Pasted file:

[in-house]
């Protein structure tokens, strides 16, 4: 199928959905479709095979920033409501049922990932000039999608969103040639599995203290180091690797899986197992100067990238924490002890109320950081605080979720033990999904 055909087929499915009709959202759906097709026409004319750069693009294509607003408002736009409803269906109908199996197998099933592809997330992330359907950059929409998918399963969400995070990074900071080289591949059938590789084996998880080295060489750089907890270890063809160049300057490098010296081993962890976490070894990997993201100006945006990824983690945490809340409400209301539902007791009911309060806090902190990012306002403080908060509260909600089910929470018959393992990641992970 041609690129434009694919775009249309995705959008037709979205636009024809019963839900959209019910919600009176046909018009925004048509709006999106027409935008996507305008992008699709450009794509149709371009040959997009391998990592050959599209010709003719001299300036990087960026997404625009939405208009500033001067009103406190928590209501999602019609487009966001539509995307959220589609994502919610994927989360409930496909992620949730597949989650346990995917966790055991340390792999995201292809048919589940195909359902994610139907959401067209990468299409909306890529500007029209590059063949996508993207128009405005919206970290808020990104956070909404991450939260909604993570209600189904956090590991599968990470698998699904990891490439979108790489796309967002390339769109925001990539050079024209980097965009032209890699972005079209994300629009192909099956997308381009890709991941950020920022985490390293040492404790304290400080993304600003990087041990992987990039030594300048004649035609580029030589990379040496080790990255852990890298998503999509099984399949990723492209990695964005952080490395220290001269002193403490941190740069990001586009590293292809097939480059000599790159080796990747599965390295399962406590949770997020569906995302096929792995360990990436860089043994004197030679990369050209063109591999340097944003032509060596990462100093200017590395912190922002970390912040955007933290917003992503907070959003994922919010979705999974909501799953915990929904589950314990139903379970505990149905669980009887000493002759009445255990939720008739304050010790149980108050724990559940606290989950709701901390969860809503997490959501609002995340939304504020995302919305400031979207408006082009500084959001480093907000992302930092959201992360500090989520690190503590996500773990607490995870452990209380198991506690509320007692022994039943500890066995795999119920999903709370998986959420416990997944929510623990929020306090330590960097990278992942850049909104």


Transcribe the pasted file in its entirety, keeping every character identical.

[in-house]
């Protein structure tokens, strides 16, 4: 199928959905479709095979920033409501049922990932000039999608969103040639599995203290180091690797899986197992100067990238924490002890109320950081605080979720033990999904 055909087929499915009709959202759906097709026409004319750069693009294509607003408002736009409803269906109908199996197998099933592809997330992330359907950059929409998918399963969400995070990074900071080289591949059938590789084996998880080295060489750089907890270890063809160049300057490098010296081993962890976490070894990997993201100006945006990824983690945490809340409400209301539902007791009911309060806090902190990012306002403080908060509260909600089910929470018959393992990641992970 041609690129434009694919775009249309995705959008037709979205636009024809019963839900959209019910919600009176046909018009925004048509709006999106027409935008996507305008992008699709450009794509149709371009040959997009391998990592050959599209010709003719001299300036990087960026997404625009939405208009500033001067009103406190928590209501999602019609487009966001539509995307959220589609994502919610994927989360409930496909992620949730597949989650346990995917966790055991340390792999995201292809048919589940195909359902994610139907959401067209990468299409909306890529500007029209590059063949996508993207128009405005919206970290808020990104956070909404991450939260909604993570209600189904956090590991599968990470698998699904990891490439979108790489796309967002390339769109925001990539050079024209980097965009032209890699972005079209994300629009192909099956997308381009890709991941950020920022985490390293040492404790304290400080993304600003990087041990992987990039030594300048004649035609580029030589990379040496080790990255852990890298998503999509099984399949990723492209990695964005952080490395220290001269002193403490941190740069990001586009590293292809097939480059000599790159080796990747599965390295399962406590949770997020569906995302096929792995360990990436860089043994004197030679990369050209063109591999340097944003032509060596990462100093200017590395912190922002970390912040955007933290917003992503907070959003994922919010979705999974909501799953915990929904589950314990139903379970505990149905669980009887000493002759009445255990939720008739304050010790149980108050724990559940606290989950709701901390969860809503997490959501609002995340939304504020995302919305400031979207408006082009500084959001480093907000992302930092959201992360500090989520690190503590996500773990607490995870452990209380198991506690509320007692022994039943500890066995795999119920999903709370998986959420416990997944929510623990929020306090330590960097990278992942850049909104």